Worthwhile Reading & Viewing

Artificial Intelligence and the limits of language.  Is it possible to truly understand statements represented in language without knowing something about the world outside of language?

The abolition of school discipline…basically, the public school equivalent of shutting down police departments.  The article at the link discusses the consequences.

How did Amazon Web Services become so successful?  The track record of companies that developed information technology for their own use and then decided to market it to other users has not been very good:  AWS is a major exception.

Can capitalism save Hollywood?

The nature of America’s university administrators, as observed by Stephen Hsu.  More here.

The mother of Dietrich Bonhoeffer, a major figure in the German anti-Nazi resistance, refused to send her children to public schools:

She was openly distrustful of the German public schools and their Prussian educational methods. She subscribed to the maxim that Germans had their backs broken twice, once at school and once in the military, she wasn’t about to entrust her children to the care of others less sensitive than she during their earliest years.

Analysis of trends in scientific publications suggests that truly disruptive research is becoming less common.  The article at the link argues that ideological capture of institutions has been a major cause of reduced innovation.  See also this related article.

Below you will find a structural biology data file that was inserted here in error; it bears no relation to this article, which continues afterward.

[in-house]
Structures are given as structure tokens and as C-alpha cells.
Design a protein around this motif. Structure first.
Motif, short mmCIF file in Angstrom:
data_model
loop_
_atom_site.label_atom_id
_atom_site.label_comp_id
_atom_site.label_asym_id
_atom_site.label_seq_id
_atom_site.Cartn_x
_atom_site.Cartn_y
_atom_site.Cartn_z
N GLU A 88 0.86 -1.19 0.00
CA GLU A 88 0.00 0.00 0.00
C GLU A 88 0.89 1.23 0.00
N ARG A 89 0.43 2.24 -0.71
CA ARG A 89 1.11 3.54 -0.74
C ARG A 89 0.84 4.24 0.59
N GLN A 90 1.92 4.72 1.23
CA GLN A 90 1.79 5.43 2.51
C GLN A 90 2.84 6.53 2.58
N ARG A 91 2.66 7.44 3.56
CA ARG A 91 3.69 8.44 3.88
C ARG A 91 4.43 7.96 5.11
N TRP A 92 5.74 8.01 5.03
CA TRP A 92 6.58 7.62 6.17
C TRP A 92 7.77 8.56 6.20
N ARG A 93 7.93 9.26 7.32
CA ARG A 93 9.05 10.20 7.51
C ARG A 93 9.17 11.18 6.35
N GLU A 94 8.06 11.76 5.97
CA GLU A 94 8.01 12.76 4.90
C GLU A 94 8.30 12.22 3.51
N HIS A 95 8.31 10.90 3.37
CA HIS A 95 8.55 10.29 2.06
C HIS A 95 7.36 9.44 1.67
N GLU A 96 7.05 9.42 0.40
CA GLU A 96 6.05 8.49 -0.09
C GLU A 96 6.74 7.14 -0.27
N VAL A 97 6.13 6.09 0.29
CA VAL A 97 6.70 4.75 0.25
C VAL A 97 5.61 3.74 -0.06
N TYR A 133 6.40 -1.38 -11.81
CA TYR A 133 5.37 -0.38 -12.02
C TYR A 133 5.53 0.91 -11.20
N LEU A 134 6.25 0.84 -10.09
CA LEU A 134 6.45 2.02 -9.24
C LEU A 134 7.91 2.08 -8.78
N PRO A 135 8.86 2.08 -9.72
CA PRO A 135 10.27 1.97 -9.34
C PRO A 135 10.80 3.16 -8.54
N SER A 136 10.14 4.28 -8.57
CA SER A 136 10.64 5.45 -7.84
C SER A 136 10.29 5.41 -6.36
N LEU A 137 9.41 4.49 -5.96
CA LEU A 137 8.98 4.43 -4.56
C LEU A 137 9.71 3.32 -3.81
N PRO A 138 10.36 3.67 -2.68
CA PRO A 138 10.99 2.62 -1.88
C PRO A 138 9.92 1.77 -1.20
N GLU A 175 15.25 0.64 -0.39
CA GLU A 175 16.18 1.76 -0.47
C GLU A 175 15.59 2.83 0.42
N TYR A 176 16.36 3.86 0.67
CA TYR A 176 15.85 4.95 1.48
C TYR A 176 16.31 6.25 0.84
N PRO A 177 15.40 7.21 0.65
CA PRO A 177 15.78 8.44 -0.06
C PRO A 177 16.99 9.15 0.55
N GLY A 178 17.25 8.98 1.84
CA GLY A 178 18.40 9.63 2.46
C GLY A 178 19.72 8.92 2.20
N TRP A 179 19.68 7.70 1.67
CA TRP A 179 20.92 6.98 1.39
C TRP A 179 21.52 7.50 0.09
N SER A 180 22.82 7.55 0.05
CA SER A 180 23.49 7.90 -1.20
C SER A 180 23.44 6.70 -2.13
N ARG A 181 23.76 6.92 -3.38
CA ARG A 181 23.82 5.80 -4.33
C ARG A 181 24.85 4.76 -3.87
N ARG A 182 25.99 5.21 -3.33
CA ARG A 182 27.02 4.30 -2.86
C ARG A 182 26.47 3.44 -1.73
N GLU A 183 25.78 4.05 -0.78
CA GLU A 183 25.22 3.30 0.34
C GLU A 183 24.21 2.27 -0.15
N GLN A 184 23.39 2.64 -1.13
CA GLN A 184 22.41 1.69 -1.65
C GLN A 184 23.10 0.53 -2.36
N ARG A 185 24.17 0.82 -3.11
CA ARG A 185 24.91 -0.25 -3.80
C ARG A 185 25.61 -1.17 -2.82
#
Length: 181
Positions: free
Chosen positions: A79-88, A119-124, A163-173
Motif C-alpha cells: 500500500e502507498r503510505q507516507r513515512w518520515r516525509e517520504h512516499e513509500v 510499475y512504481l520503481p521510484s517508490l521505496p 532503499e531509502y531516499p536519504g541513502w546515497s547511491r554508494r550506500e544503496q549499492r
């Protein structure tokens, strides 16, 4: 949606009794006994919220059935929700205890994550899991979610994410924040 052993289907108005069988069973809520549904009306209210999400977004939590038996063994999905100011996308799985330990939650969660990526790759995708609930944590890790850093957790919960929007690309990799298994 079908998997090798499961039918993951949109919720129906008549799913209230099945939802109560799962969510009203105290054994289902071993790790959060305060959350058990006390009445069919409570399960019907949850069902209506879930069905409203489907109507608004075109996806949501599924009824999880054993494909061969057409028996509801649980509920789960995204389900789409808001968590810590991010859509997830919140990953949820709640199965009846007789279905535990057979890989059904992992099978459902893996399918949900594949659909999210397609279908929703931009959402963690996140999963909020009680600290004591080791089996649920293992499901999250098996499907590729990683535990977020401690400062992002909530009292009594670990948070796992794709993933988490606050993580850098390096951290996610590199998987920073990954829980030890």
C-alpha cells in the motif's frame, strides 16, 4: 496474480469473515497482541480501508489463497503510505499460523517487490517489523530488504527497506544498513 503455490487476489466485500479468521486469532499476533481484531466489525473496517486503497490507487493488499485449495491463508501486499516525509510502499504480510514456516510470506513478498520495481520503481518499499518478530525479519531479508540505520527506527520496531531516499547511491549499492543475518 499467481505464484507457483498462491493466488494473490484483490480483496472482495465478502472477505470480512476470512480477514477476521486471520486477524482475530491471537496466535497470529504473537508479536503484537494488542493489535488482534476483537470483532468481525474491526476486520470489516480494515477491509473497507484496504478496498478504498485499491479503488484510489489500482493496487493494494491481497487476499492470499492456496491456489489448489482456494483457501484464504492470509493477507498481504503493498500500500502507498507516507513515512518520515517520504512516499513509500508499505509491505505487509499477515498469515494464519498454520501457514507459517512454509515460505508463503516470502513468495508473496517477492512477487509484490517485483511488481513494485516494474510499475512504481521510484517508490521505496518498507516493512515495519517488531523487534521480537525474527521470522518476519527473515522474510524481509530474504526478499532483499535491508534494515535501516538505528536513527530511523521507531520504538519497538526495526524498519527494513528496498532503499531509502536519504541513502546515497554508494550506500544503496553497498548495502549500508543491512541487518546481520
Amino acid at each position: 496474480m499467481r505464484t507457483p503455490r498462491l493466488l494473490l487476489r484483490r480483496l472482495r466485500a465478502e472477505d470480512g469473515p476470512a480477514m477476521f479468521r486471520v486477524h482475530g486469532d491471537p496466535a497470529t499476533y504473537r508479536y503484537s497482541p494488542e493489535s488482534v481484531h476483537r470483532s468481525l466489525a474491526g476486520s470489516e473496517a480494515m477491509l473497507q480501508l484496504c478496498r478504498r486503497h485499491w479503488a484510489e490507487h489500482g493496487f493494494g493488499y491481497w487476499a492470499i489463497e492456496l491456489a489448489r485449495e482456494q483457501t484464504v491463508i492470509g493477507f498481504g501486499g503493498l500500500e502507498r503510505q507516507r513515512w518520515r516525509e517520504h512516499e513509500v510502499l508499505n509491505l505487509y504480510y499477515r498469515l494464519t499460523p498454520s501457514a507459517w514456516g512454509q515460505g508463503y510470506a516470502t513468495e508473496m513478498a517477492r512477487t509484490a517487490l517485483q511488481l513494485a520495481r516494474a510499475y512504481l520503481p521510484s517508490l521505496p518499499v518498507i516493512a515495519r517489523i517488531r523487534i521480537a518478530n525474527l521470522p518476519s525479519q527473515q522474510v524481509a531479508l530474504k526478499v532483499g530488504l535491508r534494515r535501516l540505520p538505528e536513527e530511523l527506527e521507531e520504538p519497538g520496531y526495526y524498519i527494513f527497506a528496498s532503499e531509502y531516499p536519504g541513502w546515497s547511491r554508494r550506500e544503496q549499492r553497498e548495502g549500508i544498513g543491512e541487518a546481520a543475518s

Joseph Flaherty reacts to a small carving of a water bird, created 33000 years ago:  “Imagine your greatest of grandparents, pursued by frost and ravenous megafauna through an endless German winter, huddled in a lean-to lit and warmed by an open fire, deciding to carve this bird to make their child smile, to impress their mate, or simply for the joy of creation.”

New Frontiers in Censorship and Propaganda

Alex Epstein, author of the book Fossil Futuretweeted:

Alarm: ChatGPT by @OpenAI now *expressively prohibits arguments for fossil fuels*.  (It used to offer them.)  Not only that, it excludes nuclear energy from its counter-suggestions.